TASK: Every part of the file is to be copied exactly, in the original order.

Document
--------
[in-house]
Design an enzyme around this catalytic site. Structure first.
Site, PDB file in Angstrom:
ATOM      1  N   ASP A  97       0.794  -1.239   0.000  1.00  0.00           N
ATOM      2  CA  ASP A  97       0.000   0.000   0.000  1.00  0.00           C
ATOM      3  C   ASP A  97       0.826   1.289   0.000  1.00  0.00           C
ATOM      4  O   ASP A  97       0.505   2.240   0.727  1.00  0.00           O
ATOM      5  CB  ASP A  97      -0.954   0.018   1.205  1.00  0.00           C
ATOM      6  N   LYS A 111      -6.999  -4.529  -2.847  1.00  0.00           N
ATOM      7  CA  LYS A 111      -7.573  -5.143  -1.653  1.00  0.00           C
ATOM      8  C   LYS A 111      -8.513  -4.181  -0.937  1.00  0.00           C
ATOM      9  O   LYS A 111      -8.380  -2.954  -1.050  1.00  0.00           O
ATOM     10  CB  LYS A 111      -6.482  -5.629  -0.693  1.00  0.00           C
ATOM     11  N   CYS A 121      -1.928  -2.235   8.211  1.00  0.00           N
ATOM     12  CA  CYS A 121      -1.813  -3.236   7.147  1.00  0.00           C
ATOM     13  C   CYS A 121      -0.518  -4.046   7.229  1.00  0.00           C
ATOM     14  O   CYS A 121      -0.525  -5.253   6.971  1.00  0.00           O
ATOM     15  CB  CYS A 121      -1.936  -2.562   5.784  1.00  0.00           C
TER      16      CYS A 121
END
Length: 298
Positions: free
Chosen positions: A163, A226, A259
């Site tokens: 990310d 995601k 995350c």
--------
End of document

[in-house]
Design an enzyme around this catalytic site. Structure first.
Site, PDB file in Angstrom:
ATOM      1  N   ASP A  97       0.794  -1.239   0.000  1.00  0.00           N
ATOM      2  CA  ASP A  97       0.000   0.000   0.000  1.00  0.00           C
ATOM      3  C   ASP A  97       0.826   1.289   0.000  1.00  0.00           C
ATOM      4  O   ASP A  97       0.505   2.240   0.727  1.00  0.00           O
ATOM      5  CB  ASP A  97      -0.954   0.018   1.205  1.00  0.00           C
ATOM      6  N   LYS A 111      -6.999  -4.529  -2.847  1.00  0.00           N
ATOM      7  CA  LYS A 111      -7.573  -5.143  -1.653  1.00  0.00           C
ATOM      8  C   LYS A 111      -8.513  -4.181  -0.937  1.00  0.00           C
ATOM      9  O   LYS A 111      -8.380  -2.954  -1.050  1.00  0.00           O
ATOM     10  CB  LYS A 111      -6.482  -5.629  -0.693  1.00  0.00           C
ATOM     11  N   CYS A 121      -1.928  -2.235   8.211  1.00  0.00           N
ATOM     12  CA  CYS A 121      -1.813  -3.236   7.147  1.00  0.00           C
ATOM     13  C   CYS A 121      -0.518  -4.046   7.229  1.00  0.00           C
ATOM     14  O   CYS A 121      -0.525  -5.253   6.971  1.00  0.00           O
ATOM     15  CB  CYS A 121      -1.936  -2.562   5.784  1.00  0.00           C
TER      16      CYS A 121
END
Length: 298
Positions: free
Chosen positions: A163, A226, A259
């Site tokens: 990310d 995601k 995350c």